One of the most infuriating problems that the world faces now on a global scale, for highly urbanized areas at least, is traffic congestion… the worsening traffic problem. The Texas Transportation Institute estimates that for every hour being stuck in traffic, $21 is wasted in terms of time and fuel.
On average, an American urban commuter is stuck in traffic for 34 hours in a year. Each driver in the U.S. suffers from an average annual cost of $713 due to traffic jams. About 1.9 billion gallons of fuel are wasted in total due to congestion – this is equivalent to more than 5 days’ worth of total daily fuel consumption in the United States.
The situation gets worse by the day. There are several engineering solutions to curb this problem, but they work only on a small scale or some just fail miserably.
But faculty from Kennesaw State’s Southern Polytechnic College of Engineering and Engineering Technology hope that their proposal will help.
Composed by Bill Diong, associate professor of electrical engineering, Ying Wang, associate professor of mechatronics engineering, and Jidong Yang, assistant professor of civil engineering, the team has explored an improved and cost-effective Bus Rapid Transit (BRT).
BRT is a bus-based transit system used in high-volume metropolitan areas to transport passengers quickly and on time to their destinations. It’s not a new system. But their concept, called the Slim Modular Flexible Electric Bus (SMFe-bus), is focused on a new type of bus that is more attractive and affordable, which leads to increased transit use and reduced car traffic.
“Our concept is aimed at making improvements that would convince more people to not use their cars for their work commutes and choose instead to take a BRT bus,” said Diong. He believes that more people are interested in taking the transit which provide speedy commutes, and convenient and on-time schedules not guaranteed by conventional bus systems.
The SMFe-bus concept that the team designed is made of a slimmer frame that can travel in narrower dedicated lanes. It is a semi-autonomous vehicle – it has a lead module with a human driver and other modules without drivers. These modules are not physically attached but strung together, propelled individually by in-wheel electric motors.
This is what sets their BRT concept different from other bus transit systems. The modules are uncoupled, which leaves a small gap of space between each self-driving unit. There is coordination among modules which are programmed to have spacing and alignment in a ‘virtually coupled’ manner.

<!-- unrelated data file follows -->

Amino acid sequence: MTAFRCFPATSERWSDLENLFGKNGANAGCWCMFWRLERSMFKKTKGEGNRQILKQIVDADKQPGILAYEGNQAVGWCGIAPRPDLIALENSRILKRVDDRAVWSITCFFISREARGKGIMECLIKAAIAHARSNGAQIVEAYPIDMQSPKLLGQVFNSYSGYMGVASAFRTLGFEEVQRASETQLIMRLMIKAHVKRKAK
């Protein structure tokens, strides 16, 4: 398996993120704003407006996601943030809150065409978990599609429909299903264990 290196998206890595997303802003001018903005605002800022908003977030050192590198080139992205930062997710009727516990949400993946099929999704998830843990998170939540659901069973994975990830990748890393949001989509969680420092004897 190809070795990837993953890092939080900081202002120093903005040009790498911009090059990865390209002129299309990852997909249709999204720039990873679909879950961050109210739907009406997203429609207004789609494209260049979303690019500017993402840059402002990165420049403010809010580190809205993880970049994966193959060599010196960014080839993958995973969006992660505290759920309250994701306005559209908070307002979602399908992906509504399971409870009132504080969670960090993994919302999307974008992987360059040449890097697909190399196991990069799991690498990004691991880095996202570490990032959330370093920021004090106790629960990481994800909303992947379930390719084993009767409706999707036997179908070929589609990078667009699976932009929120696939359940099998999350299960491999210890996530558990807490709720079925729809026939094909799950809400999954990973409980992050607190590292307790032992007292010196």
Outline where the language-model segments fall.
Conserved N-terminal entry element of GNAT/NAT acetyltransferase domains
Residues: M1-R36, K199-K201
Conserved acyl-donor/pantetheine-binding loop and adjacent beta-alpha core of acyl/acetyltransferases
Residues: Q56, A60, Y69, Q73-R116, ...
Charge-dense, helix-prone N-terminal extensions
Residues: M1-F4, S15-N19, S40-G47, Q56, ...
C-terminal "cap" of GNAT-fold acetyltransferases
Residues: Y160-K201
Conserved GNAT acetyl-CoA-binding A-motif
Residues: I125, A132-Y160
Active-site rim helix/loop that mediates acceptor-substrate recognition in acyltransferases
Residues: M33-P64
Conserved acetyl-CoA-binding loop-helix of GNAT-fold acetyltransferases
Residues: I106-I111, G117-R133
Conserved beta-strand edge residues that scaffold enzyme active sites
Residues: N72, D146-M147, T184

The lead module has sensors that gauge its movements. The following modules are designed to stay close, but not close enough that there is an allowance to avoid collision during sudden brakes. This is only one of the safety features built into the system of the SMFE-bus.
Having this design allows the bus capacity to be flexible, which is critical factor in mass transportation systems. Modules can be added or removed easily anytime of the day depending on the varying passenger demand.
According to Yang, buses of this type are deemed to have favors in their pathways. Especially in intersections, they have the signal priority or the ability to change traffic lights that allows them to go first. This ultimately aids the transit system to get passengers from A to B on time. Yang has feasibility projects underway to push this operation, with two potential BRT corridors in metro Atlanta.
The researchers are also looking at integrating smart controls in their bus anchored on autonomous vehicle technology. Wang said, “Our prototype explores the neural network and benefits from artificial intelligence technology, and how a machine, or robot, learns how to accept information from humans.”
Admittedly, the research team said that this model is more expensive than traditional buses. But they assert that having this system could result in substantial cost savings in land acquisition, roadway construction and service operation. There could be as much as 20 percent cost savings on a BRT project in cities with dense populations and pricey real estate.
To further grasp the benefits of this BRT, the team has involved four undergraduate and three graduate engineering students to work on a SMFe-bus prototype. The model is being optimized to operate at a top speed of 65 miles per hour.